Saturday, 4 August 2018

HK Needs Multi-Pronged Strategy on Food Waste

Seems a lot of people throw out soup ingredients instead of eat them
I was shocked to read a news story today that said the ingredients used to make Cantonese soup make up 40 percent of Hong Kong's food waste.

According to local NGO Food Grace, everyday Hongkongers throw out 450 tonnes of the soup ingredients, the weight equivalent to 1,000 cows, or 40 percent of the city's total household waste.

Winter melon soup is suggested as a soup with less waste
This is strange to me, as I am someone who grew up eating the soup ingredients, not just drinking the savoury and nourishing broth, though there are others who only prefer the soup and believe the ingredients, having been simmering for hours are tasteless.

Casey Ng, Food Grace project manager, explains while food waste will decompose easily compared to single-use plastic, it also produces greenhouse gases like methane and waste water that harm the environment. Not only that, they also attract pests that spread disease.

Hong Kong's Environmental Protection Department says food makes up 35 percent of solid waste going into landfills, 65 percent of which comes from homes.

Wendell Chan, programme officer for the Hong Kong branch of Friends of the Earth suggests ways for households to cut down on food waste.

450 tonnes of soup ingredients are thrown out every day
"You don't always have to cook soups that create so many leftovers. There are soups, such as winter melon soup, where you can eat most of the ingredients, so you don't get much inedible food waste.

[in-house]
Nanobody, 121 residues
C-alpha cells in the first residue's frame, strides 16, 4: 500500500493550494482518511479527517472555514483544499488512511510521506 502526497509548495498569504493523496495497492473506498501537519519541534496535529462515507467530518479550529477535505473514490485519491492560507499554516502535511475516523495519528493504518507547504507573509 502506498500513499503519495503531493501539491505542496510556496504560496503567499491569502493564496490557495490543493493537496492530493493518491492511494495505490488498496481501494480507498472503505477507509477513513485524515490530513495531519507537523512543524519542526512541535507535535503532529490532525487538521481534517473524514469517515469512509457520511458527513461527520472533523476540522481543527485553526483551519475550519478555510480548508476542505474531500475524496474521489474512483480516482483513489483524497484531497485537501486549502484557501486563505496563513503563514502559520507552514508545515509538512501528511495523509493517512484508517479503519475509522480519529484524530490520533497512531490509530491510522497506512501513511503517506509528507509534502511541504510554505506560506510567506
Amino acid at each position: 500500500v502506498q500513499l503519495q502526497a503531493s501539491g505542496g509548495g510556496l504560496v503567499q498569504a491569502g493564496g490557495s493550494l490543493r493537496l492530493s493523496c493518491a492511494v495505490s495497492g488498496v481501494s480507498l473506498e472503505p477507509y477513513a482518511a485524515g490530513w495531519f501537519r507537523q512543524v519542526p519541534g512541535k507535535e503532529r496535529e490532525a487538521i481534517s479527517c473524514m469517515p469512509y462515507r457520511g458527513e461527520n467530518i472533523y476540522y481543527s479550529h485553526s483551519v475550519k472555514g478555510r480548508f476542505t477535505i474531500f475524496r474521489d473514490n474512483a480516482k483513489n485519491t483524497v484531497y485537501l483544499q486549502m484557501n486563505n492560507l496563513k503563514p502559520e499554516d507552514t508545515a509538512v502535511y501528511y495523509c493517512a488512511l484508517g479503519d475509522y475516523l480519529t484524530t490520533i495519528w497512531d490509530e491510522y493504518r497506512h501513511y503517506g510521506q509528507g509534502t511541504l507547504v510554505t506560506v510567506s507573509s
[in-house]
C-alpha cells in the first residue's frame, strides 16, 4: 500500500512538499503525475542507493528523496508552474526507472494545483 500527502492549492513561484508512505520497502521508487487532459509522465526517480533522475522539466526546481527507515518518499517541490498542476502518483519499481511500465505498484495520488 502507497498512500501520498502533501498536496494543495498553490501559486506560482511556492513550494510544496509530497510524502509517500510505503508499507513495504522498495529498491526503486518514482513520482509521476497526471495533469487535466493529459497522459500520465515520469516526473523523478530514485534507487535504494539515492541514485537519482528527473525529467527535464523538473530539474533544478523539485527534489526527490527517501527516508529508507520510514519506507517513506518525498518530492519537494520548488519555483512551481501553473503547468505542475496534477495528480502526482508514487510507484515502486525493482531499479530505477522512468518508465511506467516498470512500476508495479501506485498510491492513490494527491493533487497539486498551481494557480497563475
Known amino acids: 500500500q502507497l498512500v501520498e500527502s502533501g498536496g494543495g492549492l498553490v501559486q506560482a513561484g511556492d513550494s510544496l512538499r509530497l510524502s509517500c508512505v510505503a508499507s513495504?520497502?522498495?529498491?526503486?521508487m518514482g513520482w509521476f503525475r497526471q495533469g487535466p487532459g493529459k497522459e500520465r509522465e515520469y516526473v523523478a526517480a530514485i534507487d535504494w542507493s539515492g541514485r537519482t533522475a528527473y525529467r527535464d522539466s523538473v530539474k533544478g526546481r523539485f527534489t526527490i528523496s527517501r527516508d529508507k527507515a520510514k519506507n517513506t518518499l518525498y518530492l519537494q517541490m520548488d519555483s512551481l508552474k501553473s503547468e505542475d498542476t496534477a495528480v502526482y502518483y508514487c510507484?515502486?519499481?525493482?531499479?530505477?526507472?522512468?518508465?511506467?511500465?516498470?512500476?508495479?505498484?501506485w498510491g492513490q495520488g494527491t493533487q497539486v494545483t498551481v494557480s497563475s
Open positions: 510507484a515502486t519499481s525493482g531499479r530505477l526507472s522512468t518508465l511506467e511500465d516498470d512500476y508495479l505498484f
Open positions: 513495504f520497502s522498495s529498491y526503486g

"Secondly, the meat that is used, for example, in pork bone soups, can be chopped up and used for other dishes afterwards."

Chef Chung Chi-keung says the bones can be boiled again to make a broth for vegetables, and leftover meat used in other dishes. He observes many restaurants are using these tips to cut down on their food waste.

The government periodically has PSAs or public service announcements telling people to be more thoughtful when ordering food so that there isn't much food waste, but what about a concerted effort to deal with the actual food waste?

Food rescued from a dump -- we need to save more food
More needs to be done in terms of rescuing food that can be given to the needy, and then composting the rest of the food waste. If more food was composted, the city would need to buy less fertilizer for its trees and plants around the city, and also why not encourage small-scale agriculture in the New Territories? They could use the fertilizer too and grow organic vegetables.

There needs to be a circular system that works. Right now Hong Kong has band-aid solutions that go no where. Some of the city's western restaurants are very keen on using local ingredients, but there aren't enough suppliers or the quality isn't consistent enough. Why can't the government support these growers, as having local ingredients used in the city's top dining establishments would be another way to promote Hong Kong?

Or are we thinking too far ahead?




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